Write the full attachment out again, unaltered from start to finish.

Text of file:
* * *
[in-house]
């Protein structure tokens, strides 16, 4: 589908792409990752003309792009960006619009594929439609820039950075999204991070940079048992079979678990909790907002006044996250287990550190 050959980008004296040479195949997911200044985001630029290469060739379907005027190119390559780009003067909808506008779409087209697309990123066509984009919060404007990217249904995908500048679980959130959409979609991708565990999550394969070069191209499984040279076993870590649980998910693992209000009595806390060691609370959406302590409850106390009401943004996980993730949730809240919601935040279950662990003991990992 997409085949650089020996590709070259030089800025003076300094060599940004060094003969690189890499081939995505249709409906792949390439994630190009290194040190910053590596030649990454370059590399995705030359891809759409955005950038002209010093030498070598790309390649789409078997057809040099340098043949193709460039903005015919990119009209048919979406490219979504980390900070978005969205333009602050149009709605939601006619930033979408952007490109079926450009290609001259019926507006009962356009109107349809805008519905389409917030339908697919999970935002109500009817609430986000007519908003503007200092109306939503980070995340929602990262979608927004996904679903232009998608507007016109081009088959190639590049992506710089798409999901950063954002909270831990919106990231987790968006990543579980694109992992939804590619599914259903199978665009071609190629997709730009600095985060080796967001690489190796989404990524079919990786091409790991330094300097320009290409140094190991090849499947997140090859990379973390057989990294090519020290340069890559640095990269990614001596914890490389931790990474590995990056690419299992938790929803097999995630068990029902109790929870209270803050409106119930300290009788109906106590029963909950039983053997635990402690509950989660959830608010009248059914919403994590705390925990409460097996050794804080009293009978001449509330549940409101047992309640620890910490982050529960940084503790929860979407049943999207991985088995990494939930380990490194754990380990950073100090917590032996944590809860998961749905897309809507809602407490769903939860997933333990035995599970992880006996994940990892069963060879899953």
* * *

[in-house]
């Protein structure tokens, strides 16, 4: 589908792409990752003309792009960006619009594929439609820039950075999204991070940079048992079979678990909790907002006044996250287990550190 050959980008004296040479195949997911200044985001630029290469060739379907005027190119390559780009003067909808506008779409087209697309990123066509984009919060404007990217249904995908500048679980959130959409979609991708565990999550394969070069191209499984040279076993870590649980998910693992209000009595806390060691609370959406302590409850106390009401943004996980993730949730809240919601935040279950662990003991990992 997409085949650089020996590709070259030089800025003076300094060599940004060094003969690189890499081939995505249709409906792949390439994630190009290194040190910053590596030649990454370059590399995705030359891809759409955005950038002209010093030498070598790309390649789409078997057809040099340098043949193709460039903005015919990119009209048919979406490219979504980390900070978005969205333009602050149009709605939601006619930033979408952007490109079926450009290609001259019926507006009962356009109107349809805008519905389409917030339908697919999970935002109500009817609430986000007519908003503007200092109306939503980070995340929602990262979608927004996904679903232009998608507007016109081009088959190639590049992506710089798409999901950063954002909270831990919106990231987790968006990543579980694109992992939804590619599914259903199978665009071609190629997709730009600095985060080796967001690489190796989404990524079919990786091409790991330094300097320009290409140094190991090849499947997140090859990379973390057989990294090519020290340069890559640095990269990614001596914890490389931790990474590995990056690419299992938790929803097999995630068990029902109790929870209270803050409106119930300290009788109906106590029963909950039983053997635990402690509950989660959830608010009248059914919403994590705390925990409460097996050794804080009293009978001449509330549940409101047992309640620890910490982050529960940084503790929860979407049943999207991985088995990494939930380990490194754990380990950073100090917590032996944590809860998961749905897309809507809602407490769903939860997933333990035995599970992880006996994940990892069963060879899953």